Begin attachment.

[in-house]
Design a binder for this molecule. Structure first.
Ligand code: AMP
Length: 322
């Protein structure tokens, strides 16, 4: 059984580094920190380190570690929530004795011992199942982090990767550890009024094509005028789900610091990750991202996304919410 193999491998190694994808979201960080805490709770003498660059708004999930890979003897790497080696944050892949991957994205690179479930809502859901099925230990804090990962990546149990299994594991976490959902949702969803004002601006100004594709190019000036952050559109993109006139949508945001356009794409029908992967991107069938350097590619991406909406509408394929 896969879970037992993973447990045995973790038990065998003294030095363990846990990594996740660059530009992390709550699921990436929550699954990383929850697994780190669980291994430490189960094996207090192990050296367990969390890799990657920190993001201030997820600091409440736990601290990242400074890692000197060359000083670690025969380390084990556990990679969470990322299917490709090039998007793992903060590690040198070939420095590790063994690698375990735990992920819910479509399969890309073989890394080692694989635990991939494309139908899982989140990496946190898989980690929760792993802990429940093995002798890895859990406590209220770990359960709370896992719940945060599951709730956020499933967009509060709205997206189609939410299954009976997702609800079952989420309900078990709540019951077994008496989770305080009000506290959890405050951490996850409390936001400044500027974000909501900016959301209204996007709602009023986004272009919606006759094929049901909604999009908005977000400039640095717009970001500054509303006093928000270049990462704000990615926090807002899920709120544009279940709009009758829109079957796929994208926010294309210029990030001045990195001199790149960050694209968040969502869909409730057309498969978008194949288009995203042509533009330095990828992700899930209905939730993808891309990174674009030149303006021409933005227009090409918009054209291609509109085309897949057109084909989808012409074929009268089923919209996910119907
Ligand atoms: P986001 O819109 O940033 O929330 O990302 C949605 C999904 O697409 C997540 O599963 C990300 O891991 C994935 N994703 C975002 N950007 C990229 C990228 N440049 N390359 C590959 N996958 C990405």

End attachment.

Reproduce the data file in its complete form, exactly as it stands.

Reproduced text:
[in-house]
Design a binder for this molecule. Structure first.
Ligand code: AMP
Length: 322
């Protein structure tokens, strides 16, 4: 059984580094920190380190570690929530004795011992199942982090990767550890009024094509005028789900610091990750991202996304919410 193999491998190694994808979201960080805490709770003498660059708004999930890979003897790497080696944050892949991957994205690179479930809502859901099925230990804090990962990546149990299994594991976490959902949702969803004002601006100004594709190019000036952050559109993109006139949508945001356009794409029908992967991107069938350097590619991406909406509408394929 896969879970037992993973447990045995973790038990065998003294030095363990846990990594996740660059530009992390709550699921990436929550699954990383929850697994780190669980291994430490189960094996207090192990050296367990969390890799990657920190993001201030997820600091409440736990601290990242400074890692000197060359000083670690025969380390084990556990990679969470990322299917490709090039998007793992903060590690040198070939420095590790063994690698375990735990992920819910479509399969890309073989890394080692694989635990991939494309139908899982989140990496946190898989980690929760792993802990429940093995002798890895859990406590209220770990359960709370896992719940945060599951709730956020499933967009509060709205997206189609939410299954009976997702609800079952989420309900078990709540019951077994008496989770305080009000506290959890405050951490996850409390936001400044500027974000909501900016959301209204996007709602009023986004272009919606006759094929049901909604999009908005977000400039640095717009970001500054509303006093928000270049990462704000990615926090807002899920709120544009279940709009009758829109079957796929994208926010294309210029990030001045990195001199790149960050694209968040969502869909409730057309498969978008194949288009995203042509533009330095990828992700899930209905939730993808891309990174674009030149303006021409933005227009090409918009054209291609509109085309897949057109084909989808012409074929009268089923919209996910119907
Ligand atoms: P986001 O819109 O940033 O929330 O990302 C949605 C999904 O697409 C997540 O599963 C990300 O891991 C994935 N994703 C975002 N950007 C990229 C990228 N440049 N390359 C590959 N996958 C990405």